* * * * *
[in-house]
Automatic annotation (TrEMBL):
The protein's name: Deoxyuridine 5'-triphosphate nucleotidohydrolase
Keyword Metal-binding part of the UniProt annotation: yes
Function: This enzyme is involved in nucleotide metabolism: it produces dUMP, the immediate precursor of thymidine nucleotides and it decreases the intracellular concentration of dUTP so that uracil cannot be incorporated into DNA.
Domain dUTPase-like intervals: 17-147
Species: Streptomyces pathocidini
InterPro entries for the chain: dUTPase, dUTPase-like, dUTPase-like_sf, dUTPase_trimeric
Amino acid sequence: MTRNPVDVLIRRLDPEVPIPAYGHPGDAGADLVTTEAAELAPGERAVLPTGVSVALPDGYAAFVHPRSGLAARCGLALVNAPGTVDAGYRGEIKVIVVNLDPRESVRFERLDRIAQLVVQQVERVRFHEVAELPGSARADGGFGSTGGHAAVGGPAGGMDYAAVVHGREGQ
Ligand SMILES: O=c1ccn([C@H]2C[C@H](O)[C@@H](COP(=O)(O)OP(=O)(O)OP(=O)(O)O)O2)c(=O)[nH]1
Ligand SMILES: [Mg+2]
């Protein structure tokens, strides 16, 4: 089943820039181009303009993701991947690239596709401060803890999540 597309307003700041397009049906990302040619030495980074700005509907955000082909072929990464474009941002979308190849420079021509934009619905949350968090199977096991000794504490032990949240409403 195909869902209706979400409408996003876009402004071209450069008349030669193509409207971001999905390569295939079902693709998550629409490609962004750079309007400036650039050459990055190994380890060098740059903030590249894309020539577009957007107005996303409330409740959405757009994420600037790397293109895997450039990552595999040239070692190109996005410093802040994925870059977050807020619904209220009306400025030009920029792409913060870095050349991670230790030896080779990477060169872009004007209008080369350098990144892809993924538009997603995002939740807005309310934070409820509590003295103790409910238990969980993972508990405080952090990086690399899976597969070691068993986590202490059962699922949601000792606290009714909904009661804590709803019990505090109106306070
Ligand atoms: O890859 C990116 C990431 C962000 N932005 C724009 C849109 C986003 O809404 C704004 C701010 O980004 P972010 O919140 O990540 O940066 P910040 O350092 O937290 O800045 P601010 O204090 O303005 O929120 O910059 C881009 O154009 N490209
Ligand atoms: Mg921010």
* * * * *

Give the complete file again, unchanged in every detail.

[in-house]
Automatic annotation (TrEMBL):
The protein's name: Deoxyuridine 5'-triphosphate nucleotidohydrolase
Keyword Metal-binding part of the UniProt annotation: yes
Function: This enzyme is involved in nucleotide metabolism: it produces dUMP, the immediate precursor of thymidine nucleotides and it decreases the intracellular concentration of dUTP so that uracil cannot be incorporated into DNA.
Domain dUTPase-like intervals: 17-147
Species: Streptomyces pathocidini
InterPro entries for the chain: dUTPase, dUTPase-like, dUTPase-like_sf, dUTPase_trimeric
Amino acid sequence: MTRNPVDVLIRRLDPEVPIPAYGHPGDAGADLVTTEAAELAPGERAVLPTGVSVALPDGYAAFVHPRSGLAARCGLALVNAPGTVDAGYRGEIKVIVVNLDPRESVRFERLDRIAQLVVQQVERVRFHEVAELPGSARADGGFGSTGGHAAVGGPAGGMDYAAVVHGREGQ
Ligand SMILES: O=c1ccn([C@H]2C[C@H](O)[C@@H](COP(=O)(O)OP(=O)(O)OP(=O)(O)O)O2)c(=O)[nH]1
Ligand SMILES: [Mg+2]
């Protein structure tokens, strides 16, 4: 089943820039181009303009993701991947690239596709401060803890999540 597309307003700041397009049906990302040619030495980074700005509907955000082909072929990464474009941002979308190849420079021509934009619905949350968090199977096991000794504490032990949240409403 195909869902209706979400409408996003876009402004071209450069008349030669193509409207971001999905390569295939079902693709998550629409490609962004750079309007400036650039050459990055190994380890060098740059903030590249894309020539577009957007107005996303409330409740959405757009994420600037790397293109895997450039990552595999040239070692190109996005410093802040994925870059977050807020619904209220009306400025030009920029792409913060870095050349991670230790030896080779990477060169872009004007209008080369350098990144892809993924538009997603995002939740807005309310934070409820509590003295103790409910238990969980993972508990405080952090990086690399899976597969070691068993986590202490059962699922949601000792606290009714909904009661804590709803019990505090109106306070
Ligand atoms: O890859 C990116 C990431 C962000 N932005 C724009 C849109 C986003 O809404 C704004 C701010 O980004 P972010 O919140 O990540 O940066 P910040 O350092 O937290 O800045 P601010 O204090 O303005 O929120 O910059 C881009 O154009 N490209
Ligand atoms: Mg921010």